In February I participated in in a symposium on ‘Gender in Chinese Contemporary Art’ at Tate Modern. The symposium explored the role that gender has played in the development of Chinese contemporary art and alongside talks from Monica Merlin and myself, it was a fantastic opportunity to hear artists Ma Qiusha, Ye Funa and Nabuqi talk about their practice. The event is now available to watch in full online and I have included links to the videos below.
My article on Miao Ying, Internet Art and ‘Chinternet Aesthetics’ entitled ‘Meanwhile in China…Miao Ying and the Rise of Chinternet Ugly‘ is now available in the latest issue of ARTMargins (Vol. 7, no.1). I’ve included the abstract below but to download the full article follow this link. The article is also accompanied by a special online supplement which can be found at ARTMargins online. The aim of the supplement is to enable viewers to see these works as the artist intended, as well as providing links to many of the websites introduced in my article.
Ma Qiusha, From No.4 Pingyuanli to No.4 Tianqiaobeili, 2007, single channel video, 7’53”, image courtesy of the artist
On the 22nd February I’ll be speaking at a symposium organised by Tate Modern on gender in contemporary art, looking specifically at how artists are exploring gender through digital and mediated spaces. The programme for the symposium is listed below. It offers a fantastic opportunity to hear artists including Ma Qiusha, Nabuqi and Ye Funa talk about their practice. Tickets for the event are now available via the Tate Website.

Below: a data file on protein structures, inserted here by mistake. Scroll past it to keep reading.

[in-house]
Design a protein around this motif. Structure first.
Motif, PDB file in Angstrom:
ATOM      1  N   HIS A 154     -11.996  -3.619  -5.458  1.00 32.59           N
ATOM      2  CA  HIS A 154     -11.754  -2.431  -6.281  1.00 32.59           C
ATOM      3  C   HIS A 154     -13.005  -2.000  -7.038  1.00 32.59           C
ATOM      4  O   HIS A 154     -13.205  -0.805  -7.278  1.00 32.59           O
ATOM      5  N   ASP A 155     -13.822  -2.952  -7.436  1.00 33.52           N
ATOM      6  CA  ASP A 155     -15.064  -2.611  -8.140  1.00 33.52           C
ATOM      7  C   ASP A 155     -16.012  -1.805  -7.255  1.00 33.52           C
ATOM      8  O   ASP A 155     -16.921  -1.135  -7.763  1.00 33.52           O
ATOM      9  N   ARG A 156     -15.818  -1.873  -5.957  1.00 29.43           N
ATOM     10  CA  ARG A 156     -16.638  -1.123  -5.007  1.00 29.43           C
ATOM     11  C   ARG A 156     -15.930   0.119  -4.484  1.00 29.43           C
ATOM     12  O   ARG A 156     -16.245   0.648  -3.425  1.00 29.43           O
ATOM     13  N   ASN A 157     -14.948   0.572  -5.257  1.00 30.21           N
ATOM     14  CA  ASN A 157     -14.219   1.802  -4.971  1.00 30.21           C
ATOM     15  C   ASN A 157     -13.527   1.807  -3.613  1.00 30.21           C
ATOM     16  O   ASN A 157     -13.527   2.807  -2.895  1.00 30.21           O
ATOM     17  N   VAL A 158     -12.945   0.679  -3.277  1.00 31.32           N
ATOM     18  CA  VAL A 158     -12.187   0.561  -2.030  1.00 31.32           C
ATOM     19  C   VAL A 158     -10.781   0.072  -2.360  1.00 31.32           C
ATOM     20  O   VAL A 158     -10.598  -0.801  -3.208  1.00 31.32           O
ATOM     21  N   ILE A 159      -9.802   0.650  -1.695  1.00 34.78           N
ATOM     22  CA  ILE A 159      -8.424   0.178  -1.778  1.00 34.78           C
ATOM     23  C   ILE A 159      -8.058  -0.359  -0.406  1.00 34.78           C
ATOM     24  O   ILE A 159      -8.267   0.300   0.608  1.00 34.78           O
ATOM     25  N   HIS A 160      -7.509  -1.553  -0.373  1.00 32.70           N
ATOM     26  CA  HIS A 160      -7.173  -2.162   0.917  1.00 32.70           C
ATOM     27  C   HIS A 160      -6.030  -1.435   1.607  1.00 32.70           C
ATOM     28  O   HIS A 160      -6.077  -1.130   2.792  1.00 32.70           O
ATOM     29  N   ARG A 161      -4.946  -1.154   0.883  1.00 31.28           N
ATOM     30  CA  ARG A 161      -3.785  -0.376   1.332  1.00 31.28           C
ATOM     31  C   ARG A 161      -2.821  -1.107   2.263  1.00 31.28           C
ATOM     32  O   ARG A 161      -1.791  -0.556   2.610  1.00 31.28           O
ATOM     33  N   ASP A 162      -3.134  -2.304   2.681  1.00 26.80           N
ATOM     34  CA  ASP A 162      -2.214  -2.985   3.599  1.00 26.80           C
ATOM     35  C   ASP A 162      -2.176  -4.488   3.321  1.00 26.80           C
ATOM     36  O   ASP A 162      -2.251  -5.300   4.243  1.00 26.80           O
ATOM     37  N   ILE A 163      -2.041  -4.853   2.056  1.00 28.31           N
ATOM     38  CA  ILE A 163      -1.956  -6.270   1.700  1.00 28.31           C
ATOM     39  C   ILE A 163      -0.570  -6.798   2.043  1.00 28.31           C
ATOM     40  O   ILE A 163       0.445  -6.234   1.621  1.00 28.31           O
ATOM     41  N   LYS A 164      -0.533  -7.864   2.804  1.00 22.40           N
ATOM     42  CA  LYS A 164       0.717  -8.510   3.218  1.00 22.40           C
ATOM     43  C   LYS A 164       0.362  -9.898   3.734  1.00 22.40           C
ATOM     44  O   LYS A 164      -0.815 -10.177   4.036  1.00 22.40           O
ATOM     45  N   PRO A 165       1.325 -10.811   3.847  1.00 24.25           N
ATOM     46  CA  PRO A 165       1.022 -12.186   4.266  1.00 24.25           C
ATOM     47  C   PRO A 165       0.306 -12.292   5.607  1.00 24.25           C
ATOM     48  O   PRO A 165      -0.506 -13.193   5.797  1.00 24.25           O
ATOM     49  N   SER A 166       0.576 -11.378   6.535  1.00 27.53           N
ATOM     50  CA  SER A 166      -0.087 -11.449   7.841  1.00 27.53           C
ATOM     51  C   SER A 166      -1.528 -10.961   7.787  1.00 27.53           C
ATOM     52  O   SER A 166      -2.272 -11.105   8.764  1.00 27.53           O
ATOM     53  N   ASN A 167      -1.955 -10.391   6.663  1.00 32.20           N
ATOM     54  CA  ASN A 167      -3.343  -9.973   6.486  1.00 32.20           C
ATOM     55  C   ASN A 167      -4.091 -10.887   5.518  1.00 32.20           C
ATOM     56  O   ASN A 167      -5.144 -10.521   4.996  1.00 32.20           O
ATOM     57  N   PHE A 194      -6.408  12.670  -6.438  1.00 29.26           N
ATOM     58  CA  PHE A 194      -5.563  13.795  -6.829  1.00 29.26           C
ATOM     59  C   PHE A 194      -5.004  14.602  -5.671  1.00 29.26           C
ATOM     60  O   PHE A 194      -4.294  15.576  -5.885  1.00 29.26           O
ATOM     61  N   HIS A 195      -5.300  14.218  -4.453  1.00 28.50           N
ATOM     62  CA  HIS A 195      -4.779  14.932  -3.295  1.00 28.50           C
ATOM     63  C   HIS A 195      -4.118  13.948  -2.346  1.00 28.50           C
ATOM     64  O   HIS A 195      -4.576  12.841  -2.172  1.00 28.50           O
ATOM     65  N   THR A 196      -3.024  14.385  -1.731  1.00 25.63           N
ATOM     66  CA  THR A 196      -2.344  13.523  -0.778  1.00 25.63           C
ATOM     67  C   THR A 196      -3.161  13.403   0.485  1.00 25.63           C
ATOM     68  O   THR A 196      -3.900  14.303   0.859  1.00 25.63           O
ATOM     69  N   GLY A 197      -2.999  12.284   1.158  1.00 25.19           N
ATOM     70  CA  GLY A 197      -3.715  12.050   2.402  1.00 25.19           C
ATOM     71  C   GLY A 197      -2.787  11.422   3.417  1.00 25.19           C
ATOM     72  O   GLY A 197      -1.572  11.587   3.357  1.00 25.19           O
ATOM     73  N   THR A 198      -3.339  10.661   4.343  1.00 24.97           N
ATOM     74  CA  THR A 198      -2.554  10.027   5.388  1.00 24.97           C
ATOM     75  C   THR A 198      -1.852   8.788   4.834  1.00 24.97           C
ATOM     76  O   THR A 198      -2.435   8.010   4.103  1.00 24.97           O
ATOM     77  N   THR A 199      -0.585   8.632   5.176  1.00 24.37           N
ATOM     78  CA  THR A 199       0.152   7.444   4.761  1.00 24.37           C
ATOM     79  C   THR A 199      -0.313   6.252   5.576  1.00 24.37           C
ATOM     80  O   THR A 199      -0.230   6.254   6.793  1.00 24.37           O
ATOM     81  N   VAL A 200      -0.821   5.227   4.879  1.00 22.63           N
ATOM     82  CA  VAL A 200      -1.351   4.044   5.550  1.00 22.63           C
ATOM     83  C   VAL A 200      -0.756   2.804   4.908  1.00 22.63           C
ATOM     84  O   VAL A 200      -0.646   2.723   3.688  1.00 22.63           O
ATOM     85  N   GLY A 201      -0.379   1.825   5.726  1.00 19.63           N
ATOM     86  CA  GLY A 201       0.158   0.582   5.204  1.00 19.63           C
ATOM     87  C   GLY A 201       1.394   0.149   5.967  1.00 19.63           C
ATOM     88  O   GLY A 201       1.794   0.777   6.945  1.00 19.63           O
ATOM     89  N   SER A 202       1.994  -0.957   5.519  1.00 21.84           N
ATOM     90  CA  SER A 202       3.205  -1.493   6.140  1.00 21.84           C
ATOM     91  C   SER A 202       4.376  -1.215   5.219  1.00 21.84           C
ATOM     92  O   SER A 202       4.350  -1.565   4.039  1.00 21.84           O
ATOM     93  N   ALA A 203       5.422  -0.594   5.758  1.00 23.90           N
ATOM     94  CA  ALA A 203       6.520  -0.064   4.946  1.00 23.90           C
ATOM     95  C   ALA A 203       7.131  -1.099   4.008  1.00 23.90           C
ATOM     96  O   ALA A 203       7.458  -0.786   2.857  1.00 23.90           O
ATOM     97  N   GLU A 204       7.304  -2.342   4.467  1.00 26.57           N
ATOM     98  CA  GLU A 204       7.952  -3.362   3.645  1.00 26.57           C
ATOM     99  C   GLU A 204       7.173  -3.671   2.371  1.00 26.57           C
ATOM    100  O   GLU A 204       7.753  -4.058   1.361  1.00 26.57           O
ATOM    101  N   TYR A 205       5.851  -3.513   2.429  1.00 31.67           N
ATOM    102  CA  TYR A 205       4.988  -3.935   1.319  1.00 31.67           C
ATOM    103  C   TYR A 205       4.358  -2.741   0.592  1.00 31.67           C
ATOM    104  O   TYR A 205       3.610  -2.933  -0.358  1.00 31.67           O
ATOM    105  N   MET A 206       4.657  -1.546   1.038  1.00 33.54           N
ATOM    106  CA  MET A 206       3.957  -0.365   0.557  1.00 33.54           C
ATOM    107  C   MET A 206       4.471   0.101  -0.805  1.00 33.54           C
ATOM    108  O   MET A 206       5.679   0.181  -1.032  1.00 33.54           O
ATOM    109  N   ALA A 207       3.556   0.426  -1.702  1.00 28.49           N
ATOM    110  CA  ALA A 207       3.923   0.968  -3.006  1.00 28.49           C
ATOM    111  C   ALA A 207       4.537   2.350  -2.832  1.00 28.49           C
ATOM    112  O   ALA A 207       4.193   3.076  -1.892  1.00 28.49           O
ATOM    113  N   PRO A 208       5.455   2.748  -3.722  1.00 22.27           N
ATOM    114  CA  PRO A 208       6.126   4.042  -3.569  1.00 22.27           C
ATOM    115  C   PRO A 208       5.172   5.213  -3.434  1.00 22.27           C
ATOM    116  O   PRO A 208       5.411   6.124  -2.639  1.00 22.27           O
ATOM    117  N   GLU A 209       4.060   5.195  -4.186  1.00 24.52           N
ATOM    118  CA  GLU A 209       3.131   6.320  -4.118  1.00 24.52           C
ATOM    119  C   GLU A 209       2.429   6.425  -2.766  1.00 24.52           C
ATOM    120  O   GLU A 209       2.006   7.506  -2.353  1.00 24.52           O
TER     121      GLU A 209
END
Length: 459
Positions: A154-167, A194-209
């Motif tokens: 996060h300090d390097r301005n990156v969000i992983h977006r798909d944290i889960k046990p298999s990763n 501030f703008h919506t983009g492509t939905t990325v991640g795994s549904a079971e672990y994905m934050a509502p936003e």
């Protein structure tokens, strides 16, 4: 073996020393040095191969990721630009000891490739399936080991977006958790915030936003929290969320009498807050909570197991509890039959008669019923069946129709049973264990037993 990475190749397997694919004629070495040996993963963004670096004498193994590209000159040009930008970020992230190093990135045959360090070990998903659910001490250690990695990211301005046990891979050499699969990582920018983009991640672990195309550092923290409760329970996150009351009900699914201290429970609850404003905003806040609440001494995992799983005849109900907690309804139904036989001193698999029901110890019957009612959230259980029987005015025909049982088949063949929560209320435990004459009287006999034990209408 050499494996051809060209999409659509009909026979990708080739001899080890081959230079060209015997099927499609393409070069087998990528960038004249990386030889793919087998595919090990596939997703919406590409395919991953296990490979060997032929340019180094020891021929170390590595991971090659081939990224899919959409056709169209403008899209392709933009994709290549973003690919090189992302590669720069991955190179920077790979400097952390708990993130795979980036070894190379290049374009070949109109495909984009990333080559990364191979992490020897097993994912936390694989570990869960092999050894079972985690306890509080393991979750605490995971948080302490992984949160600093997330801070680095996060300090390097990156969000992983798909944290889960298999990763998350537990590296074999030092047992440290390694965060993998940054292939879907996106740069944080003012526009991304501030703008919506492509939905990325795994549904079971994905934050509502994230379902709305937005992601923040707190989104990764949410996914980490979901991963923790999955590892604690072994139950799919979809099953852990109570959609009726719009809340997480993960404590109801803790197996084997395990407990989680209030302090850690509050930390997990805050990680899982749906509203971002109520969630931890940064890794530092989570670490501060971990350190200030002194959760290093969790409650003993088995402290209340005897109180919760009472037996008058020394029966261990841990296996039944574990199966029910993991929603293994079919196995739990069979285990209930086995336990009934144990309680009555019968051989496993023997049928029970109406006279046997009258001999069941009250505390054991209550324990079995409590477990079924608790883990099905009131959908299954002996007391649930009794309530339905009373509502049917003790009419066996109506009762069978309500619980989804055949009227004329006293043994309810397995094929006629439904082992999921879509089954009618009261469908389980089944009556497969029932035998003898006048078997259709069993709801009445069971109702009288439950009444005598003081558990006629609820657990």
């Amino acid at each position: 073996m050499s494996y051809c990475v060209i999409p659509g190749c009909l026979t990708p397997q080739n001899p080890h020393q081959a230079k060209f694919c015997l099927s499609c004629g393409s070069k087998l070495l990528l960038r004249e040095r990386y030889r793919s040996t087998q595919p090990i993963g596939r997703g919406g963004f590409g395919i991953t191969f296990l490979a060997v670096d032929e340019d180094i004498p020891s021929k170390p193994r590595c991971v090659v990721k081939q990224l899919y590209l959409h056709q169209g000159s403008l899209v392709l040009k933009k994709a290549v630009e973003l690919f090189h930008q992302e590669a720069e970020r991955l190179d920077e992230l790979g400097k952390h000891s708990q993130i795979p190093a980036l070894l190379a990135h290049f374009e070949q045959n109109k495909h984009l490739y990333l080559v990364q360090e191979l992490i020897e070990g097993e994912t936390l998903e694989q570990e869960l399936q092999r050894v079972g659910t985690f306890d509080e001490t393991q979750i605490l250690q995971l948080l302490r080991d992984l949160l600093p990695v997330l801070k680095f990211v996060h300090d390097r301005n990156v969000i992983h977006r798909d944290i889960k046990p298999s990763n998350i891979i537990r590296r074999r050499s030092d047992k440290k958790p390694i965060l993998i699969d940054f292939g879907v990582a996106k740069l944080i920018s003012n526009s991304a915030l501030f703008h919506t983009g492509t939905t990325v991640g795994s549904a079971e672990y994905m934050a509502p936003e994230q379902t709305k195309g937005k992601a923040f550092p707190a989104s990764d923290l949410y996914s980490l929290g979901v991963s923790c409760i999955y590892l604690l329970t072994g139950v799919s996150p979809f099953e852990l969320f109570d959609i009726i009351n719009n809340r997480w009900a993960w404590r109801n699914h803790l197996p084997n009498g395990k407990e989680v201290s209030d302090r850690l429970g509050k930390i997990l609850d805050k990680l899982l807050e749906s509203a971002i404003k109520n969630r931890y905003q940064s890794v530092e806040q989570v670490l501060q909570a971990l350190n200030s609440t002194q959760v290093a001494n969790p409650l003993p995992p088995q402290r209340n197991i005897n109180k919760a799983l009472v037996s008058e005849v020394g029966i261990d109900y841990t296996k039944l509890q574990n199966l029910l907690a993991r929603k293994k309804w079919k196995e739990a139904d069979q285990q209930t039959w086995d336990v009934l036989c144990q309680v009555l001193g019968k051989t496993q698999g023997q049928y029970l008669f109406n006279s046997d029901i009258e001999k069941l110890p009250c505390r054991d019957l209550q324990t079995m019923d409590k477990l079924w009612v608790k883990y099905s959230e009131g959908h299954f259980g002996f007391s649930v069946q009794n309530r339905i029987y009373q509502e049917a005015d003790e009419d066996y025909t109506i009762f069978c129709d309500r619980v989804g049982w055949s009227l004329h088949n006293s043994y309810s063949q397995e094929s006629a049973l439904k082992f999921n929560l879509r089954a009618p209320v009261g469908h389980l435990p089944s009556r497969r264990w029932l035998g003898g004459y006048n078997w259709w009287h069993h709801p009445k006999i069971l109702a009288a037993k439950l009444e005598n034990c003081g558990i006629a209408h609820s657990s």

22nd February. 14:00-18:30
This international symposium will explore the role that gender has played in the development of Chinese contemporary art.
Co-organised by Tate Research Centre: Asia and Central Academy of Fine Arts China, the symposium is split into two sessions. The first will give a critical overview of the subject, including a paper by Monica Merlin that will provide a history of contemporary art by women in China, a paper by Ros Holmes that will take up the new condition of artistic creation and distribution through digital and mediated spaces, and a panel discussion moderated by Wenny Teo. The second session will focus on individual practices, with artist presentations from Nabuqi, Ma Qiusha and Ye Funa followed by a discussion moderated by Song Xiaoxia.
By engaging the history of women’s artistic production in China, this symposium seeks to recuperate an often-elided narrative, while also asking what it means to be a woman artist working in China today, and whether gender still matters in contemporary practice.
Gender in Chinese Contemporary Art is part of the multi-venue collaborative exhibition NOW: A Dialogue on Female Chinese Contemporary Artists, which examines the positions adopted by women artists within the ecology of contemporary China. Through a series of exhibitions, commissions and events, NOW explores diverse artistic practices which transcend notions of gender difference to offer multi-faceted perspectives on contemporary social realities.
14.00 Welcome by Tate and Central Academy of Fine Arts China
Session 1: Critical Framework
14.20 Introduction by Sook-Kyung Lee, Tate Research Centre: Asia
14.30 Rethinking Women Artists and Gender in Contemporary Chinese Art
Monica Merlin, Birmingham City University
15.00 No More Nice Girls: Celebrating the Ugly and the Artless in China’s Online Spaces
Ros Holmes, Christ Church, Oxford University
15.30 Discussion and Q&A moderated by Wenny Teo, The Courtauld Institute of Art
Session 2: Voices of NOW
16.30 Introduction by Wang Chunchen, Central Academy of Fine Arts China